The Importance of a Good Brief
The Importance of a Good Brief
Before outsourcing your next presentation to a Presentation Design Specialist, investing the time to put together a clear and concise brief, can make the difference between getting exactly what you want from the end product, or having to go back and forth with edits and potential time delays.
Every presentation is unique and has a specific message to communicate to its own target audience. It is definitely not a one size fits all. To deliver a presentation that is on point, every designer needs to have certain information provided to them from their client, so that they fully understand the scope of the project they are embarking on. The more information you can provide to your designer, the clearer the objective will be.
The following are the top six pieces of information, I recommend you include in your future briefs, to ensure a smooth and timely executed project.
Purpose. It’s important for a designer to understand and be clear on the purpose (or goal) of your presentation, and what you are ultimately trying to communicate. For example, are you presenting sales results at an annual conference or are you presenting a pitch to a client that you are hoping to win over?
Target audience. Knowing the target audience is very important when putting together a presentation. The demographic of the audience can dictate the style, look and feel of a presentation. For example, if you are presenting to an audience of millennials about the latest trend in something, you would not expect the presentation to have a corporate look and feel.
Brand guidelines. If you do not have brand guidelines, being clear on what fonts, colours and logos you require or prefer is important. We will often take design cues from your website, flyers, brochures and other collateral if brand guidelines are not available. This will ensure consistency in look and feel across various channels showcasing a strong brand ID.
Images. Your audience will remember and digest visual information a lot better and faster than they do text. As the saying goes; a picture is worth a thousand words. If you require images for your presentation (and will not be providing them yourself) be clear on what type you would like your presentation designer to source for you. For example, would you prefer icons, a drawing or illustration, a photograph (and if so what type of photo, with or without people, lighting and mood, black and white vs colour, etc)?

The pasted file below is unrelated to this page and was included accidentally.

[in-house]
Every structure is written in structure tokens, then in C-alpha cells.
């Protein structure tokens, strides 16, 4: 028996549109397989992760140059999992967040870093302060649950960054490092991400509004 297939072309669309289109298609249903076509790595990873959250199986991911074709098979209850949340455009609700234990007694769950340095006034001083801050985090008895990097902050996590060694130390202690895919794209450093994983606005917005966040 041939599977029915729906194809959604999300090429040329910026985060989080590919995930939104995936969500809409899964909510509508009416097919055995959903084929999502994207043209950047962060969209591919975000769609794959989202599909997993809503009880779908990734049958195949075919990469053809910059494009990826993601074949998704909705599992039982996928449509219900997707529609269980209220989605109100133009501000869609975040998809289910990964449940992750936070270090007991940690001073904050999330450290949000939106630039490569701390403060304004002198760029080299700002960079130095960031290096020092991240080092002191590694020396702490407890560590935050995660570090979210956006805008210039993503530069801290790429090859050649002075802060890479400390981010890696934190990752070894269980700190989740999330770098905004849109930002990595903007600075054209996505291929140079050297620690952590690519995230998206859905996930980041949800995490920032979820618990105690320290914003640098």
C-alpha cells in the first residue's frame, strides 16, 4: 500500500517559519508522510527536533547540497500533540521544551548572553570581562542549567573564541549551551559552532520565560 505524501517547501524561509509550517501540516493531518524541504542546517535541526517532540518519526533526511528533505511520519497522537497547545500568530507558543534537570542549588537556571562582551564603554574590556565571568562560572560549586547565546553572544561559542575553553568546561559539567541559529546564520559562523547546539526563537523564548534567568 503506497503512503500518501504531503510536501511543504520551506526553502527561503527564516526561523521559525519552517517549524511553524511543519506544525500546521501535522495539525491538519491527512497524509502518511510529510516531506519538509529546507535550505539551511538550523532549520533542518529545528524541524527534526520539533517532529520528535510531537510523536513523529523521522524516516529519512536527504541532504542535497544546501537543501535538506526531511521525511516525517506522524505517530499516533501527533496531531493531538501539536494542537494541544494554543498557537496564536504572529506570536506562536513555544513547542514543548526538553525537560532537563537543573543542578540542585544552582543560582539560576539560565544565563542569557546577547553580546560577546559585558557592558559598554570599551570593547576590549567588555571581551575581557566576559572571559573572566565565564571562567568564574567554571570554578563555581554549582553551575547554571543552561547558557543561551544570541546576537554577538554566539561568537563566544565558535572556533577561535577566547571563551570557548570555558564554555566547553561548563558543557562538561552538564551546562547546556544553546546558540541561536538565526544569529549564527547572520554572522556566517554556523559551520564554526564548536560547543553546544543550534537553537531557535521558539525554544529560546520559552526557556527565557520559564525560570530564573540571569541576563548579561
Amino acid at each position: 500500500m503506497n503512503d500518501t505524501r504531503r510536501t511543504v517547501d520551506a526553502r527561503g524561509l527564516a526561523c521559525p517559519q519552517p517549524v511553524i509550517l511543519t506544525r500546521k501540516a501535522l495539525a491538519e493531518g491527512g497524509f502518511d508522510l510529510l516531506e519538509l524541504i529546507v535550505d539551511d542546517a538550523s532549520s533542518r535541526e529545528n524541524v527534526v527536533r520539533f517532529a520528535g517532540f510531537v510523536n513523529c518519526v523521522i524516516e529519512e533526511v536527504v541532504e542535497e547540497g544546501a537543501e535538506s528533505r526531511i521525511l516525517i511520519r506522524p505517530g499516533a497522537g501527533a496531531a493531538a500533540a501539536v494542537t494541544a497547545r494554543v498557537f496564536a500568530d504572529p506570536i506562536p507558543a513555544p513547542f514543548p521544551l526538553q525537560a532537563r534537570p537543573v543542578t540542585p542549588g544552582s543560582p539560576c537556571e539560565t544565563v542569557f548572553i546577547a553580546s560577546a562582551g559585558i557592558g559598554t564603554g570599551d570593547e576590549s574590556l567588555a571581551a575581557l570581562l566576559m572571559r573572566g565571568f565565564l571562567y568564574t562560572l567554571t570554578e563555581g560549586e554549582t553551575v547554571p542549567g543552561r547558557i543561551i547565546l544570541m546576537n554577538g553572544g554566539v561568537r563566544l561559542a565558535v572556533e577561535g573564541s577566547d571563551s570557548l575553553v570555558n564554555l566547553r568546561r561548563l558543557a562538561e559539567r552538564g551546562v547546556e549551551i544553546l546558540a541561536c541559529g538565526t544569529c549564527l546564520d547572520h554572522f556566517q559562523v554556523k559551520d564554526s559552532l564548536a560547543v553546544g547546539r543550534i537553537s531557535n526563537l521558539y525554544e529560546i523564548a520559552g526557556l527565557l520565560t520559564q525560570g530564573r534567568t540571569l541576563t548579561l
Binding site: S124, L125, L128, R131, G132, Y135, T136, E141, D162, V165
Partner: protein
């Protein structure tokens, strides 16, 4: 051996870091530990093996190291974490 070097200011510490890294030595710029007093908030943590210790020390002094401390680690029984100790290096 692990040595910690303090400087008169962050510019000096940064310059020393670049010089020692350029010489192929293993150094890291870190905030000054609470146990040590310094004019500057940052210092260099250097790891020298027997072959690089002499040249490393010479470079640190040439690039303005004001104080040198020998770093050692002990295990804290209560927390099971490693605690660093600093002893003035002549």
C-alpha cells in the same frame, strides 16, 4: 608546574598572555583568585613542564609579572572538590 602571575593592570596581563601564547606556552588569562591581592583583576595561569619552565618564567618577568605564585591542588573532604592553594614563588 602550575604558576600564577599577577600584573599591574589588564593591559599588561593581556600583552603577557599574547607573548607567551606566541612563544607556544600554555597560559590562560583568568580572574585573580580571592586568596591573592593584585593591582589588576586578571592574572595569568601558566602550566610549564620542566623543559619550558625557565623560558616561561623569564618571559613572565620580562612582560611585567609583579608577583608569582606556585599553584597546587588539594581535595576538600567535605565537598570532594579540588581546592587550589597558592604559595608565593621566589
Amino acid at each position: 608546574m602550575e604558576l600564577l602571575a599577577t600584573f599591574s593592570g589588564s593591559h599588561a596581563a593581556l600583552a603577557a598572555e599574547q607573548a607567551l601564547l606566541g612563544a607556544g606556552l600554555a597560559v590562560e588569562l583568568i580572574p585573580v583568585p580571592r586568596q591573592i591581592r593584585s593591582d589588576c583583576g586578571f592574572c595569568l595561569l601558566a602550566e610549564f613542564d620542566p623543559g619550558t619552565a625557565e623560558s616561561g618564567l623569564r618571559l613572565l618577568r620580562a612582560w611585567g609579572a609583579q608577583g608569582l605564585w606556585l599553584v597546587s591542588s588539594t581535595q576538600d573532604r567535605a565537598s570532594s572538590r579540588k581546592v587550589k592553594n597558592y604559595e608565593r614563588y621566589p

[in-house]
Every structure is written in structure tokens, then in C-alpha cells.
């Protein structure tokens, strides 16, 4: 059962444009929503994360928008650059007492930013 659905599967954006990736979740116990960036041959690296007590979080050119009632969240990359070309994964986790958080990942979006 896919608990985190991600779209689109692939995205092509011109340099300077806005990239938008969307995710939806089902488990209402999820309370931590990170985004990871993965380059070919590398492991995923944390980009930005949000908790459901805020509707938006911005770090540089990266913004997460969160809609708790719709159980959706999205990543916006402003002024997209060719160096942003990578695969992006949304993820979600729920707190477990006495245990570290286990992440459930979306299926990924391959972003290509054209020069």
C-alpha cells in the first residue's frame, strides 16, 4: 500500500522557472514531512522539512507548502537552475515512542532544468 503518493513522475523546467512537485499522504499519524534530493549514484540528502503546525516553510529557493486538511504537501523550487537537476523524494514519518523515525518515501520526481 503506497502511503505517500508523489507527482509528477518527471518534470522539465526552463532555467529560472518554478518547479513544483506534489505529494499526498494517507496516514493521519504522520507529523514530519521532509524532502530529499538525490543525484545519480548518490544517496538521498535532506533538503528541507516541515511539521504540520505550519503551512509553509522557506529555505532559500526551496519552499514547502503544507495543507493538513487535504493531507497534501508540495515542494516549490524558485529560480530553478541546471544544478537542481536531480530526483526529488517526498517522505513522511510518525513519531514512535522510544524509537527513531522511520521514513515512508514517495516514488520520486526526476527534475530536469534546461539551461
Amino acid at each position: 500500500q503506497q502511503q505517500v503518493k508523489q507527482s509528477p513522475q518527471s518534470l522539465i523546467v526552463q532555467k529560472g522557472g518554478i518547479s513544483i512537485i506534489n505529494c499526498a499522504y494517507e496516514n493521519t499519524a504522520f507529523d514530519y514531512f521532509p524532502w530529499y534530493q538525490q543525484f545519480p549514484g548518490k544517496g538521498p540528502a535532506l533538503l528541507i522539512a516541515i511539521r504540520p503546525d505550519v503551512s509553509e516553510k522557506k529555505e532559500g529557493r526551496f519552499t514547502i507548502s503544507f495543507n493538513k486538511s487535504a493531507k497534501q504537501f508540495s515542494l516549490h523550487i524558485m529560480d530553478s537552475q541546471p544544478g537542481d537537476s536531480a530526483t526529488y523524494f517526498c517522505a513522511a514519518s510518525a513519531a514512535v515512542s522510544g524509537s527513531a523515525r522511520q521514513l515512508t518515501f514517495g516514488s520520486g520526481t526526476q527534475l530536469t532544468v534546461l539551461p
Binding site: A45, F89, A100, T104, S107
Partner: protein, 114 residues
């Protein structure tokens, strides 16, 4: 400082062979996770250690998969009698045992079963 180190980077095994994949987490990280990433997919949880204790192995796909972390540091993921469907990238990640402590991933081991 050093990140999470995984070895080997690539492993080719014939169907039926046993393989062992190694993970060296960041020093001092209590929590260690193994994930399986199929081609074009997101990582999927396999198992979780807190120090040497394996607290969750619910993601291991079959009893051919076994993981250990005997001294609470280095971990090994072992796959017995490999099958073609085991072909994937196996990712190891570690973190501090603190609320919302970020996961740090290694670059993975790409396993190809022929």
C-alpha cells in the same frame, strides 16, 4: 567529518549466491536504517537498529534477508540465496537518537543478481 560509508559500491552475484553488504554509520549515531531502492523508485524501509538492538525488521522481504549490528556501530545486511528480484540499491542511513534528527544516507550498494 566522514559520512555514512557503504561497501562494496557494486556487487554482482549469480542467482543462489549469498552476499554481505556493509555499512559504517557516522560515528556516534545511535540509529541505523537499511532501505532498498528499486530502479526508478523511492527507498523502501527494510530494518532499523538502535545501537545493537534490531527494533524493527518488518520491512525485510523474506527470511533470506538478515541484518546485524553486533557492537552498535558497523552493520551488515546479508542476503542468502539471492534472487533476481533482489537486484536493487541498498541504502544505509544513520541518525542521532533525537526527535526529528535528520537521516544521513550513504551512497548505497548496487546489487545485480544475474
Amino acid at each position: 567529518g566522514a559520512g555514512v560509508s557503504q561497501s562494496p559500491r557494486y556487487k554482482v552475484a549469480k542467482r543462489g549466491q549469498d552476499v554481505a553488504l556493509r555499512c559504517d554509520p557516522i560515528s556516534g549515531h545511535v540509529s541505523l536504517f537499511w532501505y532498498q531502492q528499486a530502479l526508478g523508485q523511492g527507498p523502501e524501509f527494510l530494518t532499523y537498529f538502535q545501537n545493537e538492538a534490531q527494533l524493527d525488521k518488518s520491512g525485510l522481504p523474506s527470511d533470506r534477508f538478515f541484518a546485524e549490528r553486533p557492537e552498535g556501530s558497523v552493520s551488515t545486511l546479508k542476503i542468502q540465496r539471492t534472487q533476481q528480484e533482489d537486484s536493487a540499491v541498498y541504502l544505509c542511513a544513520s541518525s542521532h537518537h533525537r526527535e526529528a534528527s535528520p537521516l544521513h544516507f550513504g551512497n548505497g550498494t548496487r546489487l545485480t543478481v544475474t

Similarly, if you require images of people, be clear on what age bracket and what activity you would like the person or people engaging in, such as shopping, eating etc. The more information you provide, the likelier you will get what you want first time around.
In relation to graphs and charts, if you require any and have a preference (e.g. line graph, bar graph or pie chart), then also be sure to convey this. Of-course there are instances where you will be happy for us to take the lead based on our experience, if that’s what you’re after please, let us know.
Examples. Provide examples of other presentations that you like the look and feel of, as it will give your designer a better idea of what you would like (or expect) regarding the style, colour scheme and look and feel. It will also give us an indication of your likes and dislikes.
Deadlines. Providing a clear deadline within your brief will ensure everyone is on the same page and working towards the same time frame and date. It will also allow all involved to plan their time better and work more effectively. Allowing time for revisions within that timeline is very important, it will allow you to review the work and provide us with feedback, and we will then be better able to tweak the presentation to meet all of your specifications.
All of the above contribute greatly towards receiving a polished and sharp presentation. However, I do acknowledge that there will be times when you are just not sure or clear on the best way to proceed with either style, colours, and look or feel. That’s okay too. In cases like these, let your presentation designer know you are open to their suggestions. A great way of deciding how to proceed with the theme of a presentation is to obtain a handful of samples slides back from your designer, this will help you greatly in deciding and locking in a theme moving forward.
Ultimately, the goal of your brief is to ensure that your Presentation Design Specialist is clear of your expectations and that they are spending their time and effort on things that will get you the results that you are looking for.
After all, in business there is nothing more satisfying than a smoothly run project, that is completed within a time frame without stress and to the satisfaction of both parties.
Are you ready to brief us? Call the presentation experts today!
Written by Almis Mestrovic on behalf of Slidesho